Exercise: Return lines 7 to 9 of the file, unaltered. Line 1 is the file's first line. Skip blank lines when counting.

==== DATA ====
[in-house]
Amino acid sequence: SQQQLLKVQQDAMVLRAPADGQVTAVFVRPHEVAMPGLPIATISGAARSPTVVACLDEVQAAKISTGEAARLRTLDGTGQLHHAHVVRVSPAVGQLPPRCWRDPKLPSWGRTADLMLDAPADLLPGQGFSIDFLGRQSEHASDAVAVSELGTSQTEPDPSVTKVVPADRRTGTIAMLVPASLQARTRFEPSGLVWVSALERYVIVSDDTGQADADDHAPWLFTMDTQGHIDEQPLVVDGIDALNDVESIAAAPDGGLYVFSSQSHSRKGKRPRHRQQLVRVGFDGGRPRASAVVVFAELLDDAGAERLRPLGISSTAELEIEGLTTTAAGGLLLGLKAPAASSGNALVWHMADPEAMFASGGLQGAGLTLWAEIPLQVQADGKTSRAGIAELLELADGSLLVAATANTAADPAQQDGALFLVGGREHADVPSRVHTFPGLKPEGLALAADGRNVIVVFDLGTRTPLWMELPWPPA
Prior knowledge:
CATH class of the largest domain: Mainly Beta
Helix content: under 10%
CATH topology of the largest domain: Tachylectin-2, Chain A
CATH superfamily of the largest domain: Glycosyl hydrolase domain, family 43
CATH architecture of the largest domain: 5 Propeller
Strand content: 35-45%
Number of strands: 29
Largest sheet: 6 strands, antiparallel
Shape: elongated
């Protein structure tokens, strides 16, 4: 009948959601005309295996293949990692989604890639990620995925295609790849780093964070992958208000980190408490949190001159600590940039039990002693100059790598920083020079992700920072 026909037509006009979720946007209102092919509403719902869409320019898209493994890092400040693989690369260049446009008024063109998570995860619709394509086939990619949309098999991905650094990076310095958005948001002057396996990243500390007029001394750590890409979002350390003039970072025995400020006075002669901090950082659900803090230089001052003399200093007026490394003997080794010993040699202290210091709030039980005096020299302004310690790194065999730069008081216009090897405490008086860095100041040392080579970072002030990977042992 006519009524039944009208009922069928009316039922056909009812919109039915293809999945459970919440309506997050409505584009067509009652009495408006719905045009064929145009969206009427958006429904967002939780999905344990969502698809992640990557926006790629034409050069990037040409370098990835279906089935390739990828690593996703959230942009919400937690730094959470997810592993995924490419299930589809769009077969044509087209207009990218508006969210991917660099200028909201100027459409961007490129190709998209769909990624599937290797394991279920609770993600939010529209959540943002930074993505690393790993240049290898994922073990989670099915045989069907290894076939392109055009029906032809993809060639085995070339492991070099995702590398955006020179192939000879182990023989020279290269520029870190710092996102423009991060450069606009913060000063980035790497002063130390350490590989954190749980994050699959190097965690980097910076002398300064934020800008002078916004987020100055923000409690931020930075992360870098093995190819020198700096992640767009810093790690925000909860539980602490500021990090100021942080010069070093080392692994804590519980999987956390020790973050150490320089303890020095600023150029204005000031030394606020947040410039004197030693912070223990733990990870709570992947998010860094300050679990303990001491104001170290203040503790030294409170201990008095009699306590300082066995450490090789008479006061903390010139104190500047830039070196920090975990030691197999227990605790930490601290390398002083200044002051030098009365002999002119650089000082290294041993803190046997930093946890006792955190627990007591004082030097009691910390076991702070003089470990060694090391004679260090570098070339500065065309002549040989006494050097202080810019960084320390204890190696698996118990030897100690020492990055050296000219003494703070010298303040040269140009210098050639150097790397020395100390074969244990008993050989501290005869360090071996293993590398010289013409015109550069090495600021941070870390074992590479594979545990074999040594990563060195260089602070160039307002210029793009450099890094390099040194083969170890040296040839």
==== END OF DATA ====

CATH superfamily of the largest domain: Glycosyl hydrolase domain, family 43
CATH architecture of the largest domain: 5 Propeller
Strand content: 35-45%